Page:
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FUCKED UP - Damian Abraham

Fucked Up

Toronto Hardcore Titans Seize the Day (Literally) 

by Johnny Papan

Photos by Stephanie Montani

For some, a day can feel like a second and for others, an eternity. For a Fucked Up fan, any given moment in the pit at one of their shows can feel like both at the exact same time. The Toronto-based hardcore band has a reputation for inciting chaotic scenes at nearly every venue they’ve played over the last 20+ years. The band’s boisterous sound is as blaring as it is intricate and finds a way to seep into the primal subconscious of their fans, causing those who listen to act out in unruly ways. Bloodshed and physical damage to private property are common occurrences. Whether it be performing in and literally destroying an MTV studio bathroom with the help of his fans, or bulldozing his burly body around Massey Hall while opening for Iggy and the Stooges, frontman Damian Abraham has built a career transcending his own inner-madness onto those willing to watch and take part in the anarchy.

But he leaves that all on stage. Off-stage, the 43-year-old punk rock dad is a relatively chill self-proclaimed nerd who loves his family, professional wrestling, cannabis, and, of course,  punk rock. Optimism radiates from his voice when he talks about these subjects. While most popularly known as the singer of Fucked Up, you may have seen Abraham across various other platforms over the last two decades. He was a VJ on MuchMusic’s The Wedge and is a host and writer for VICE. His most prominent side-project is being the face of the popular punk-rock podcast Turned Out A Punk.

Abraham logs into the Zoom-room from his basement studio where he records episodes of that very podcast, one which features conversations about the genre with notable figures in punk history as well as celebrity punk fans like Jack Black and the late Anthony Bourdain. Guests such as Rise Against’s Tim McIlrath have tipped their hat to Abraham’s astounding knowledge of the genre, from its history and relics to cool projects, supergroups, and useless information that even Nardwuar wouldn’t touch. McIlrath once affectionately called the Fucked Up singer a “punk-rock encyclopedia.”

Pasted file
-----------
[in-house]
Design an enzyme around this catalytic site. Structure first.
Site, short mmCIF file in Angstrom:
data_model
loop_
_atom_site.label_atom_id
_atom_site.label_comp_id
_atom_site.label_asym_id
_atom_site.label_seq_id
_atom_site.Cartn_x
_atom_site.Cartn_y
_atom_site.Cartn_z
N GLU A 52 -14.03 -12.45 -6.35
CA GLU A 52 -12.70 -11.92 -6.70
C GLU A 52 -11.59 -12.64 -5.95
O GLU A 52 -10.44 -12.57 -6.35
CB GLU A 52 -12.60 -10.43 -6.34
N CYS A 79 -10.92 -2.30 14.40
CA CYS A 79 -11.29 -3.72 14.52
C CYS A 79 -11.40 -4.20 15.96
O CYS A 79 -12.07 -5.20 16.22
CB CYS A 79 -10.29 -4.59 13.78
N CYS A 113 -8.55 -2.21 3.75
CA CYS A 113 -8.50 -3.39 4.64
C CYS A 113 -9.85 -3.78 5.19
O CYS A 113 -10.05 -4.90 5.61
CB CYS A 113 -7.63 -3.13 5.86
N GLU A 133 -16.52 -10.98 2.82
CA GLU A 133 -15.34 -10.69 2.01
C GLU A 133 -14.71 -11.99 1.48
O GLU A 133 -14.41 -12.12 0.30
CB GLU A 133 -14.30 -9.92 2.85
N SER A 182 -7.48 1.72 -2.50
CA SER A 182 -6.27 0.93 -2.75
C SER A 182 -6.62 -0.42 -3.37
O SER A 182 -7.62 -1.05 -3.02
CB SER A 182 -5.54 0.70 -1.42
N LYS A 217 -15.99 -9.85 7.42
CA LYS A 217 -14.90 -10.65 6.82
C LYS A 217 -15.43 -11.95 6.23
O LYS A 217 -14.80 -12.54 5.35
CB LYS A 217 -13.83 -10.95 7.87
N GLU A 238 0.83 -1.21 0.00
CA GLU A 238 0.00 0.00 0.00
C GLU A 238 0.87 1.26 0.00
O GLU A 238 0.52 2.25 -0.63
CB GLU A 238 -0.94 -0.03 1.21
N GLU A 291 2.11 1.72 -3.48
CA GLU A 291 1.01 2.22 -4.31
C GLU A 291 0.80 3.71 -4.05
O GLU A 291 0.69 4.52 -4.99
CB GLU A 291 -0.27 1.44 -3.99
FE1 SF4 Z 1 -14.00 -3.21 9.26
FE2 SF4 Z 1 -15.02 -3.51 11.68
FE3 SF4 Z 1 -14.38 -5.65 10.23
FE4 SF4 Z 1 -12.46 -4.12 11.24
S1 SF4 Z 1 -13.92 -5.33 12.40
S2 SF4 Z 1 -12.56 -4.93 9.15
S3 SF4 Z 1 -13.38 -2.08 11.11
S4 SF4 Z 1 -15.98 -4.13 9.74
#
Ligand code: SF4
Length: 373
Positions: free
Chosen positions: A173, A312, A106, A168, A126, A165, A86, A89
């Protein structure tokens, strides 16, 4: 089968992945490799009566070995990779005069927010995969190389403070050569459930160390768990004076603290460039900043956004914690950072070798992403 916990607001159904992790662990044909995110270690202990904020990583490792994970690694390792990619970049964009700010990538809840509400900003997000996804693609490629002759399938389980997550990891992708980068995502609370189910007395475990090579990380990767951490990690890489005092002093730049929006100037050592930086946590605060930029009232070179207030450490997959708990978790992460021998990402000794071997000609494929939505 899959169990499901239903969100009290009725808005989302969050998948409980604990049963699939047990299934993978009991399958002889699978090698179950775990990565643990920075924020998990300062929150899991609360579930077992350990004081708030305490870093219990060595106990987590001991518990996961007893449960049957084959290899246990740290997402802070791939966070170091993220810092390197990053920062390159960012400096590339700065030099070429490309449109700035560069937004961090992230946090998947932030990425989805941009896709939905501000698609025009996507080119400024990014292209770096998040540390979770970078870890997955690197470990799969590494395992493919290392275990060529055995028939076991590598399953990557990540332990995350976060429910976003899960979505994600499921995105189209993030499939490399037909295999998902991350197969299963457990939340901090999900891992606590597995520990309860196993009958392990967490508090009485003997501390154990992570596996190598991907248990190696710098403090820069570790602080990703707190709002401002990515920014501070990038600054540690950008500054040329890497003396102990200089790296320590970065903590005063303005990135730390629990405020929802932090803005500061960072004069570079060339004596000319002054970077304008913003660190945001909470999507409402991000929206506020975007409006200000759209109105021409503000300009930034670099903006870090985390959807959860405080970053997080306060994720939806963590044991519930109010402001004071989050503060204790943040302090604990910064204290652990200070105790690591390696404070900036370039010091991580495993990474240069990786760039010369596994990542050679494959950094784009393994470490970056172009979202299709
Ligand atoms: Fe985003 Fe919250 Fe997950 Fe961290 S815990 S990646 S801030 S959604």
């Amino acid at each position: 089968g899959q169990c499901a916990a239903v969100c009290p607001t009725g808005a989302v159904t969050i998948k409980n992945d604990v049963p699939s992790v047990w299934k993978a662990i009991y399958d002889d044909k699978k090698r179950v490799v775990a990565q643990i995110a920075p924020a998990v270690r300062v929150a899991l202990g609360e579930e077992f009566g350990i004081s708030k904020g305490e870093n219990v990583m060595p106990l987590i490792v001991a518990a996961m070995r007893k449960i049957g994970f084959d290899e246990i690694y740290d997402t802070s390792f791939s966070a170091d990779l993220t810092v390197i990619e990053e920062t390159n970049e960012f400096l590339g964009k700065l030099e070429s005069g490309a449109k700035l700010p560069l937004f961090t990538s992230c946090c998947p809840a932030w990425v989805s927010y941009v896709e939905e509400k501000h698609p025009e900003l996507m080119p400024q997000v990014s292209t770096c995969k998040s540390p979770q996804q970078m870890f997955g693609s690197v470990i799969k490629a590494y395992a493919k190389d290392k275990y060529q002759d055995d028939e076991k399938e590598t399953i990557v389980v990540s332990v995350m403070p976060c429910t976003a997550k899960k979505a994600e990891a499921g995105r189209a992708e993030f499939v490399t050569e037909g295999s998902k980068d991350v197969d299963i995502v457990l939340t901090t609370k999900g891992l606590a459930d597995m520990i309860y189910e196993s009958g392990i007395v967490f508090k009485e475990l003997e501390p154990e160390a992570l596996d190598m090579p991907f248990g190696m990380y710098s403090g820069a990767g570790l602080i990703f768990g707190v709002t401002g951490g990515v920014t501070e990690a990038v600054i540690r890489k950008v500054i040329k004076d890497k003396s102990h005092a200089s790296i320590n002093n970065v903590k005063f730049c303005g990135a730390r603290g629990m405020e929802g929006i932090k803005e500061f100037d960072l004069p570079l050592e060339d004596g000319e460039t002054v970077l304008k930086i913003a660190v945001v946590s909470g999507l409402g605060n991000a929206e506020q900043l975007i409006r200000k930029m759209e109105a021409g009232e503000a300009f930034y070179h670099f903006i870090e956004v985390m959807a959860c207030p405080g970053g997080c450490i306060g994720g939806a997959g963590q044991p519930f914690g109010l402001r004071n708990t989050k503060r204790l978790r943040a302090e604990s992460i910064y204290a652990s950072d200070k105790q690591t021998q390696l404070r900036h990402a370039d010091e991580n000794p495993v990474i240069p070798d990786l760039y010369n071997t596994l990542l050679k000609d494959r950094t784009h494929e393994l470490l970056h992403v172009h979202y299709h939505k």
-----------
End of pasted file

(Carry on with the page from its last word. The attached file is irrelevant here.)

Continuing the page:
This time, however, the often infectiously positive demeanor seen in Abraham’s podcast is absent as he streams into the call. His body language is downtrodden and his voice is melancholic. “It’s been kind of a weird morning… my cat just passed away.” 

Mr. Pickles was 18 years old and the last of four pets to pass on. Abraham still hadn’t had the chance to break the news to his children and anticipates a difficult night for the entire family. “Luckily, they got to say goodbye to him and [his passing] was very peaceful,” Abraham says. “It’s just part of life, obviously. But it’s certainly one of those things that when it happens you’re like, ‘why do we have pets?’ There’s no reason to bring this sort of pain into our lives.” 

This passing is tragically on theme with Fucked Up’s music. Abraham often covers topics like loss and grief as he tries to find meaning in this great question we call life, often analyzing his own relationship with it and understanding of it. 

“I think we ultimately do all the things we do in life just because we know that as amazing as this experience is, it’s finite,” he explains. “That’s why I collect records. I’m filling a void because I’m scared of death. The worst part about it is you never know when it’s going to end. Of all the things you don’t have control over in life, the finality of it is truly the period in the sentence.”

Perhaps this understanding of the definite end has a conscious or subconscious affect on Fucked Up’s continuous creative explorations. Whether it’s playing with new musical stylings, releasing a continual album series based on the Zodiac or putting themselves through creative challenges like writing the 24-minute epic “Year of the Snake,” the band continues to, perhaps somewhat-masochistically, push their own envelope. This trend continues with their new album, One Day. 

Photo: Jeaninne Kaufer